Sugar-sweetened Drinks Shorten Life Expectancy

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Sugar-sweetened Drinks Shorten Life Expectancy
Sugar-sweetened Drinks Shorten Life Expectancy

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Sugar-sweetened drinks shorten life expectancy

According to a large, long-term study, the more sugar-sweetened drinks a person drinks, the higher their risk of premature death. First of all, the likelihood of death from cardiovascular diseases increases and to a lesser extent from cancer. The risk of premature death associated with the consumption of these drinks was more pronounced among women.

Sugar-sweetened drinks shorten life expectancy
Sugar-sweetened drinks shorten life expectancy

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According to a large, long-term study, the more sugar-sweetened drinks a person drinks, the higher their risk of premature death. First of all, the likelihood of death from cardiovascular diseases increases and to a lesser extent from cancer. The risk of premature death associated with the consumption of these drinks was more pronounced among women.

Scientists from the Harvard School of Public Health T.H. Chan (Harvard TH Chan School of Public Health) also found that drinking one serving of an artificially sweetened beverage (PPI) per day instead of a sugar-sweetened beverage (CHF) reduced the risk of premature death. But consuming four or more PPIs per day has been associated with an increased risk of mortality in women.

The study is published in the journal Circulation. According to the authors, the results of the study indicate the desirability of replacing sugar-sweetened beverages with other beverages, and preferably water, to increase life expectancy.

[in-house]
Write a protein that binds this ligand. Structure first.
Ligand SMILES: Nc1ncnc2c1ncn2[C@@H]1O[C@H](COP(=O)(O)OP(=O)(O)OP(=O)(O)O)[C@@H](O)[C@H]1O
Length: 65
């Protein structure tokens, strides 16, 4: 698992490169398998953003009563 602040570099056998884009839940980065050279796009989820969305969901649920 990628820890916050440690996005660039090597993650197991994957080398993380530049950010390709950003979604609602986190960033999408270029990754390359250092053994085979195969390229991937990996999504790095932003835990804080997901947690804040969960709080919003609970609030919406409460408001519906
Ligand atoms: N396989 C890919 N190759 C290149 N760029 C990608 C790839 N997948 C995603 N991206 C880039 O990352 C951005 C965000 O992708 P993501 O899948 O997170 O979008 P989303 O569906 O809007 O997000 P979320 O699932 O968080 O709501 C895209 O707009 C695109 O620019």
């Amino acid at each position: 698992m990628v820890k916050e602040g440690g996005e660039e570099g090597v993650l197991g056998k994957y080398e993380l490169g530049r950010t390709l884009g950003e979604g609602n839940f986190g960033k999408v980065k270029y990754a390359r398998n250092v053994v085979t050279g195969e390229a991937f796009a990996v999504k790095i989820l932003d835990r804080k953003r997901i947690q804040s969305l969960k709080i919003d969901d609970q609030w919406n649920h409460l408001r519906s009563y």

Studies have shown that CCSs (carbonated and non-carbonated soft drinks, fruit drinks, and energy drinks) are the largest source of added sugar in the American diet. According to the authors, consumption of CLOs is also increasing in developing countries, fueled by urbanization and the marketing of these drinks.

Previous studies have found an association between CHF intake and weight gain, as well as an increased risk of type 2 diabetes, heart disease, and stroke, although few have investigated the relationship between CHF and mortality. In the new study, researchers analyzed data from 80,647 women and 37,716 men who participated in the large Nurses' HealthStudy (1980-2014) and HealthProfessionalsFollow-upStudy (1986-2014) studies. In both studies, participants answered questions about their lifestyle and health status every two years.

Ultimately, the researchers found that the more CCHs a person drank, the more their risk of premature death from any cause increased. Compared to drinking SSNs less than once a month, drinking one to four sugar-sweetened beverages a month was associated with a 1% increased risk of death; from two to six CLOs per week - by 6%; from one to two per day - with an increase of 14%; two or more per day - by 21%. The increased risk of early death associated with CHF consumption was more pronounced among women.

A particularly strong association was observed between consumption of sugary drinks and an increased risk of early death from cardiovascular disease (CVD). Compared to those who rarely drank sugar-sweetened beverages, those who drank two or more CHFs per day had a 31% higher risk of early death from CVD. Each additional CHF per day was associated with a 10% increased risk of death from CVD.

In both men and women, there was only a small association between CHF consumption and the risk of early death from cancer. The researchers also examined the link between drinking artificially sweetened beverages and the risk of early death. They found that replacing SSI with PPI was associated with a lower risk of early death. But they also found a link between high consumption of PPIs (at least four drinks a day) and a slightly increased risk of both overall and cardiovascular mortality among women, so the researchers caution against overuse of PPIs.

According to the authors, their findings are consistent with the adverse effects of high sugar intake on metabolic risk factors and provide strong evidence that drinking sugar-sweetened beverages increases the risk of type 2 diabetes, itself a major risk factor for premature death. They also call for limiting the sale of sugary drinks to children and adolescents.

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